Ellen W. Randolph (Coolidge) to Nicholas P. Trist
|Monticello Dec. 22nd 1823|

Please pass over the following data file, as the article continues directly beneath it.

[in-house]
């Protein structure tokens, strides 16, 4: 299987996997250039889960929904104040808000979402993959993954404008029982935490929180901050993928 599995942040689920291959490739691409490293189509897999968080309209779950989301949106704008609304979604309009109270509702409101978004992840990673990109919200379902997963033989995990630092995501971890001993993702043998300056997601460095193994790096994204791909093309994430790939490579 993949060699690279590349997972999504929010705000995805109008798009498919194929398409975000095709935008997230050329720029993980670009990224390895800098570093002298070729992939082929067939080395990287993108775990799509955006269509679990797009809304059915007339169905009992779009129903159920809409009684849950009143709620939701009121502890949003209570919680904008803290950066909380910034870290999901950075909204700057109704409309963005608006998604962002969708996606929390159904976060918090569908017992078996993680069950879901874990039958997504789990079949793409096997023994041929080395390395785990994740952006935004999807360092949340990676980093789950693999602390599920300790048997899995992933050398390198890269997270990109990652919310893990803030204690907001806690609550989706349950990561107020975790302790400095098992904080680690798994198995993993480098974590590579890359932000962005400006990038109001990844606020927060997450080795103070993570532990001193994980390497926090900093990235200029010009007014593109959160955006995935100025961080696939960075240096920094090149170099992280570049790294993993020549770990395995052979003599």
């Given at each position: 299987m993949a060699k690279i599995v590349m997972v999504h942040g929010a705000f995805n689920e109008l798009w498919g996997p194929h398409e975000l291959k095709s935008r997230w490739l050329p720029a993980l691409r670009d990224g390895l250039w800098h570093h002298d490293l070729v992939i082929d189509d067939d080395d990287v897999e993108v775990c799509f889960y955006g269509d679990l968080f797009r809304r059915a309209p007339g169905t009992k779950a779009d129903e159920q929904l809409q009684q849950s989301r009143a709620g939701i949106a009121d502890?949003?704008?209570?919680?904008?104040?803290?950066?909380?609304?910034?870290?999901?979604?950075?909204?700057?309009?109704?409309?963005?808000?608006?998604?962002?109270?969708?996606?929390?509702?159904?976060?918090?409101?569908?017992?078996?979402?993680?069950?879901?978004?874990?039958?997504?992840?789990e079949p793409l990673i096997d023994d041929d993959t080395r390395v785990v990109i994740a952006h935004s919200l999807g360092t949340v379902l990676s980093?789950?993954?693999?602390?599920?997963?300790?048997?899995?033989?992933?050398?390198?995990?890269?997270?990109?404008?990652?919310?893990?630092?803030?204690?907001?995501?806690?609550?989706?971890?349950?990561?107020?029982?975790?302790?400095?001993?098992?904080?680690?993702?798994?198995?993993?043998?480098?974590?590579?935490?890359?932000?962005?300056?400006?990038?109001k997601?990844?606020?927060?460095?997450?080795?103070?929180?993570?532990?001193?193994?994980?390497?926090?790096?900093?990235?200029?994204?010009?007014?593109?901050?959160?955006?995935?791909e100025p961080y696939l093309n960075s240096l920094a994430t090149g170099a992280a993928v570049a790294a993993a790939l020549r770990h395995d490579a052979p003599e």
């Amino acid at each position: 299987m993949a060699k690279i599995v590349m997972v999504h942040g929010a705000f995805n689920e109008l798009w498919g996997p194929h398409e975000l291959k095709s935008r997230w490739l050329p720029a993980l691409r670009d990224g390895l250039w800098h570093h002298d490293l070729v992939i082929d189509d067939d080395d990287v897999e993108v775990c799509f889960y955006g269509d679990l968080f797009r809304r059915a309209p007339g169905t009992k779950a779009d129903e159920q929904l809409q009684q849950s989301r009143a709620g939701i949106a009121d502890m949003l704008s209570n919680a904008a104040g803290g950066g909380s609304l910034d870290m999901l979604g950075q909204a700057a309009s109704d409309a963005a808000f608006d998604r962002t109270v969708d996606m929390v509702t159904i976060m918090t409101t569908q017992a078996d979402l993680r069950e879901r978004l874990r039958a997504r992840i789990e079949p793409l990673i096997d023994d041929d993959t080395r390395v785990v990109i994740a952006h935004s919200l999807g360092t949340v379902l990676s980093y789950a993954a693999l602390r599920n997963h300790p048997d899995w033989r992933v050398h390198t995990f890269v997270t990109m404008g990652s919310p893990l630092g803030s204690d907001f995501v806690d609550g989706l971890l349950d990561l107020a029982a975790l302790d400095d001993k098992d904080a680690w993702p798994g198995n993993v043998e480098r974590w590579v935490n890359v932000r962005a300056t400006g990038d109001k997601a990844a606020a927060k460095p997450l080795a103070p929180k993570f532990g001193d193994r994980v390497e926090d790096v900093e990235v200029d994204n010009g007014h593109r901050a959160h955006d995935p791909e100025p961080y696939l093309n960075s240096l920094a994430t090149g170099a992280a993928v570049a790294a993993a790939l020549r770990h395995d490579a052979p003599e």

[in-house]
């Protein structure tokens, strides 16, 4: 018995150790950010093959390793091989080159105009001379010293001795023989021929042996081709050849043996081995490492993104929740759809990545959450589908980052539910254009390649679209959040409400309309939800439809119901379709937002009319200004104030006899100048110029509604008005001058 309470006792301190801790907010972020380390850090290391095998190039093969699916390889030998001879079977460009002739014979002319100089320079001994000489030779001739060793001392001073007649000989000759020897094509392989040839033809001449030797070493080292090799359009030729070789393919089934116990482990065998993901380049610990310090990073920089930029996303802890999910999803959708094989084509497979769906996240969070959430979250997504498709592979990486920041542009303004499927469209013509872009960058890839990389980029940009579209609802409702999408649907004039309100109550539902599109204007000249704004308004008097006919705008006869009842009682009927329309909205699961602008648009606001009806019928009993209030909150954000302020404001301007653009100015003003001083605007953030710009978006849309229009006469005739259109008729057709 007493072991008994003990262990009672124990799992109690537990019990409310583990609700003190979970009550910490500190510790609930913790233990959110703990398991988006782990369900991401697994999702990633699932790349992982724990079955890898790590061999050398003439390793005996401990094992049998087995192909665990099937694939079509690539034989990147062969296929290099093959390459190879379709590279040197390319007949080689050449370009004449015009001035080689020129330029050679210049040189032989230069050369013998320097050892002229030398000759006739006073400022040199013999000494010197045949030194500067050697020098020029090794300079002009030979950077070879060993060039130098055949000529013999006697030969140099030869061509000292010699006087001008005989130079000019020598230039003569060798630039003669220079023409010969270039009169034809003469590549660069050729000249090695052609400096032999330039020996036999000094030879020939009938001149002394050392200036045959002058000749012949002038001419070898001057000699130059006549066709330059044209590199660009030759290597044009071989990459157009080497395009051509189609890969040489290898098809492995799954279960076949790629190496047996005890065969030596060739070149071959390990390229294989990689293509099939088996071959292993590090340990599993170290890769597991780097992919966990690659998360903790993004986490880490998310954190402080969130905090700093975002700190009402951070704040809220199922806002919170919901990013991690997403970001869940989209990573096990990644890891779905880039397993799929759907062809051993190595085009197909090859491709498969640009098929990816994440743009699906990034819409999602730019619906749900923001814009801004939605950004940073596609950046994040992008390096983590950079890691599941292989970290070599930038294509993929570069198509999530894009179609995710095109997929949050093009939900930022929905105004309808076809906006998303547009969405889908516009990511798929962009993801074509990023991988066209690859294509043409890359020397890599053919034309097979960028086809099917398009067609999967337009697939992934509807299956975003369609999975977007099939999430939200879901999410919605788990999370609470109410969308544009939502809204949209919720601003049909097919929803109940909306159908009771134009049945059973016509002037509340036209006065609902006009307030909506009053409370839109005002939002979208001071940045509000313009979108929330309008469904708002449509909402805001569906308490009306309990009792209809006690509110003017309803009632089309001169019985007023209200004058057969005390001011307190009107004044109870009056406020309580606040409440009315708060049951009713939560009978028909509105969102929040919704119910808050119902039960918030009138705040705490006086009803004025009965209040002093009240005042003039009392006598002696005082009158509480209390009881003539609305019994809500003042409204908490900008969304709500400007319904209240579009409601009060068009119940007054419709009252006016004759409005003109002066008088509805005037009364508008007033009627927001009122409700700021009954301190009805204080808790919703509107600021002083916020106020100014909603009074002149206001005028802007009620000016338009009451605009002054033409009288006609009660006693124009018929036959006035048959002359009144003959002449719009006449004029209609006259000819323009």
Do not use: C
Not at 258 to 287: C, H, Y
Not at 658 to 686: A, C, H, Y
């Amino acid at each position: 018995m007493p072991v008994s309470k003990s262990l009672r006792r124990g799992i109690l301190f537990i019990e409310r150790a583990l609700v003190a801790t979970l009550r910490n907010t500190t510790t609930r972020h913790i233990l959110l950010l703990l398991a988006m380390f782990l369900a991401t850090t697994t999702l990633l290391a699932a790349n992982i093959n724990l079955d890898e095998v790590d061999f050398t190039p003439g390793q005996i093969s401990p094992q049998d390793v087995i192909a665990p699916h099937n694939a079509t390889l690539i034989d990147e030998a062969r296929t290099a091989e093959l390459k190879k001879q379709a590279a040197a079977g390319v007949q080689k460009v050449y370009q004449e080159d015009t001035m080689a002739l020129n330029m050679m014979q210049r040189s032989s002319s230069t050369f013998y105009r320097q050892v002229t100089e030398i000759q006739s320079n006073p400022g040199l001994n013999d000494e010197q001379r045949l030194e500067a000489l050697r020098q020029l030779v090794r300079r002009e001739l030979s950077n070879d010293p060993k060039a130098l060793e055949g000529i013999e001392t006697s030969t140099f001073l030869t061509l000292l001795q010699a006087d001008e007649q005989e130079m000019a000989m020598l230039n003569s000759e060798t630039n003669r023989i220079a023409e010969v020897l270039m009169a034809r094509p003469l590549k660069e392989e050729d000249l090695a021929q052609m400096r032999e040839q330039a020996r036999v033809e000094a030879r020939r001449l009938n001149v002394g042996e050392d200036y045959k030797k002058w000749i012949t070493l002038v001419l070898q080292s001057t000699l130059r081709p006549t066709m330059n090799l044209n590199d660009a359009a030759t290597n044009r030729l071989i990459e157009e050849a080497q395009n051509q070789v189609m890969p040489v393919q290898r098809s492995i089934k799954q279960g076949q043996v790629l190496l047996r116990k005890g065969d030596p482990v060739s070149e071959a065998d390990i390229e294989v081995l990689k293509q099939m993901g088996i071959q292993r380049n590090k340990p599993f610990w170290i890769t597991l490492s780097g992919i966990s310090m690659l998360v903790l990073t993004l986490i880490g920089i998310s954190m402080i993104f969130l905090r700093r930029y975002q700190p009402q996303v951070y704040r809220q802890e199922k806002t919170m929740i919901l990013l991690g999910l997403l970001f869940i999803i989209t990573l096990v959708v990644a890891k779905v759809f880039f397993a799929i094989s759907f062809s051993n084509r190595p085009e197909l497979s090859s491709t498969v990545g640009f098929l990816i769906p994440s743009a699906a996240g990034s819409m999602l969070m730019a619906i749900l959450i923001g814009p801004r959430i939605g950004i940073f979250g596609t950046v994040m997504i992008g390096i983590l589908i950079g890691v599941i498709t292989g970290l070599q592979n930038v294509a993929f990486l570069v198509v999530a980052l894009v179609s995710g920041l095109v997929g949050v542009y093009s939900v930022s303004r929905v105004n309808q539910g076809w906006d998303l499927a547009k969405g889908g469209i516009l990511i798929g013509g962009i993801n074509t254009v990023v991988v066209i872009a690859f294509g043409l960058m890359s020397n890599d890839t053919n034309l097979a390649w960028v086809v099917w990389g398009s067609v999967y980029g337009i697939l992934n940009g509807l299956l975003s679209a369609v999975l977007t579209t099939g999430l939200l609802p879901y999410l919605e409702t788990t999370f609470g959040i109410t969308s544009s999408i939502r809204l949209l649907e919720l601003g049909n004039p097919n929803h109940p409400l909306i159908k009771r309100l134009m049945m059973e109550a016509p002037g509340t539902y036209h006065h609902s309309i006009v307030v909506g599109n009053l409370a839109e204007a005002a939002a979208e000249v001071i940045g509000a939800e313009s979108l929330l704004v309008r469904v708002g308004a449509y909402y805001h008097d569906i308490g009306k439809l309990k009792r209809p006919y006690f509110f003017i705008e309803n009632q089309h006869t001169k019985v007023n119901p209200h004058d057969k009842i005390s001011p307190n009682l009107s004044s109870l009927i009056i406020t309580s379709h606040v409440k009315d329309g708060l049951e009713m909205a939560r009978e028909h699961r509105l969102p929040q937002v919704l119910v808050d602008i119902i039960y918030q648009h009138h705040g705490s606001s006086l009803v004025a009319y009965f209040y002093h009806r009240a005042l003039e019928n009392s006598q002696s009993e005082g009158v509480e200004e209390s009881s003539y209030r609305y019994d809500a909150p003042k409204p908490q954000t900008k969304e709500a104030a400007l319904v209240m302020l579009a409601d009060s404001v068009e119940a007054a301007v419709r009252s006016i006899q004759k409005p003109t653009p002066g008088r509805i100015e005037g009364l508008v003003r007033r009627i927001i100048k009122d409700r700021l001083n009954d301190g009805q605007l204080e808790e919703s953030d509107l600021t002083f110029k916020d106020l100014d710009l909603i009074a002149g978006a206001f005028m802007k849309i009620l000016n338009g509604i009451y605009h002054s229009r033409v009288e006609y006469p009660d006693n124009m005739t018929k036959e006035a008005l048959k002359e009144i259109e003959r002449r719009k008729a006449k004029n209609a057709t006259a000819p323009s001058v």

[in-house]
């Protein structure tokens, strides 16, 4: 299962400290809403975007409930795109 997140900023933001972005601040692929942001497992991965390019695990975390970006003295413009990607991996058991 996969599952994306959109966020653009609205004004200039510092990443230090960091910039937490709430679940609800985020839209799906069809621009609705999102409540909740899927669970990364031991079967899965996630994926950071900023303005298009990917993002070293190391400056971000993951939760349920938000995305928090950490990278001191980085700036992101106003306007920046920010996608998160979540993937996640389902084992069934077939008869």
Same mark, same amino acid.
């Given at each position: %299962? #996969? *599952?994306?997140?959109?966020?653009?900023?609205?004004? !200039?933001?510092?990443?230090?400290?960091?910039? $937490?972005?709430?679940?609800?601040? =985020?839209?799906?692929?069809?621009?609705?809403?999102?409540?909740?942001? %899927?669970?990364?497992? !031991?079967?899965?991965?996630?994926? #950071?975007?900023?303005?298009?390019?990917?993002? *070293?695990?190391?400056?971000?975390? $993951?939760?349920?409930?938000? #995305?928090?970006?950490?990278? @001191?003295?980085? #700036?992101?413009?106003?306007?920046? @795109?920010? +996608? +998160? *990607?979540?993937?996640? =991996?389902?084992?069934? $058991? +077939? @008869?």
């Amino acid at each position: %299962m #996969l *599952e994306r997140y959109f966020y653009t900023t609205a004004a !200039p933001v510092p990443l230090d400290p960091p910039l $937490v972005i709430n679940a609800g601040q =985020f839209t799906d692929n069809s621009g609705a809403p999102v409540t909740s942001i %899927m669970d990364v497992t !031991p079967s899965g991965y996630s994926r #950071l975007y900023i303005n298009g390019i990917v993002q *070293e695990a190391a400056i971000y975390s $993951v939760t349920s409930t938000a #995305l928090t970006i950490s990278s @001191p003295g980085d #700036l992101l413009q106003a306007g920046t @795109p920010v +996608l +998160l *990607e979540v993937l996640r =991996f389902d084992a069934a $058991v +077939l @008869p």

If I did not, from experience, know you to be a “much enduring man”, my dear Nicholas, I should despair of forgiveness for my manifold sins as a correspondent; I can only assure you that I have been deterred from writing as much by the consiousness of having nothing new or agreable to tell you, as by any other cause. and lest you should imagine that “the dark spell of silence” has at last been broken by a removal of this cause, & so run your eye impatiently over the pages which lie before them in search of the ‘something’ I have at length found to write to you about, I will at once spare you the trouble & disappointment, by assuring you that things stand as they did, & that I might as well have written to you a month ago, for aught that I am going to tell you now. so “Keep cool” my dear boy, there is nothing coming.You have heard from other sources all the little news of the family and neighbourhood, & the newspapers keep you supplied with sufficient accounts of all that is going on in public—if they did not, & you depended on me for this sort of information, you would find me about as much ‘au fait’ in matters of present concernment, as the young lady spoken of by Las Cases, who asked Napoleon if he was satisfied with the conduct of Gaston de Foix & whether that hero was still serving in the french armies, whilst another wiseacre wept over the death of some heroine of the age of Richard Coeur de Lion, of which melancholy event the good man had remained in profound ignorance until it was announced to him by the Emperor—I try to read the newspapers sometimes, but they are so full of falsehoods & contradictions, & you are obliged to go travel over so much ground to pick up the least little bit of information that happens to lie by the way side, that I generally throw them down in disgust. the strong interest that I take in the Presidential Question sends me back again to the same polluted source for information that experience might tell me I cannot find, as sailors suffering with thirst will sometimes try to quench it with sea water—South American affairs also lie near my heart, but I cannot agree even on a subject of this interest to read so much, to know so little. the little wild Spaniard of whom I have spoken to you in a former letter, very much increased the feeling I have long had in favor of the Spanish America, by his anecdotes and animated descriptions of persons and things—Bolivar, the heroic Bolivar, was the theme of most pleasing to me & most inspiring to him; his courage, his patriotism, his generous & magnanimous devotion to the cause of his country, & the general rights of man—since I was a child, when my heart would swell and my eyes fill over the characters & exploits of the heroes of Greece & Rome, I have never felt more strongly than I do now, for those few of the Spanish American chiefs who have shewed themselves worthy of the sacred cause whose banners they are rallied around—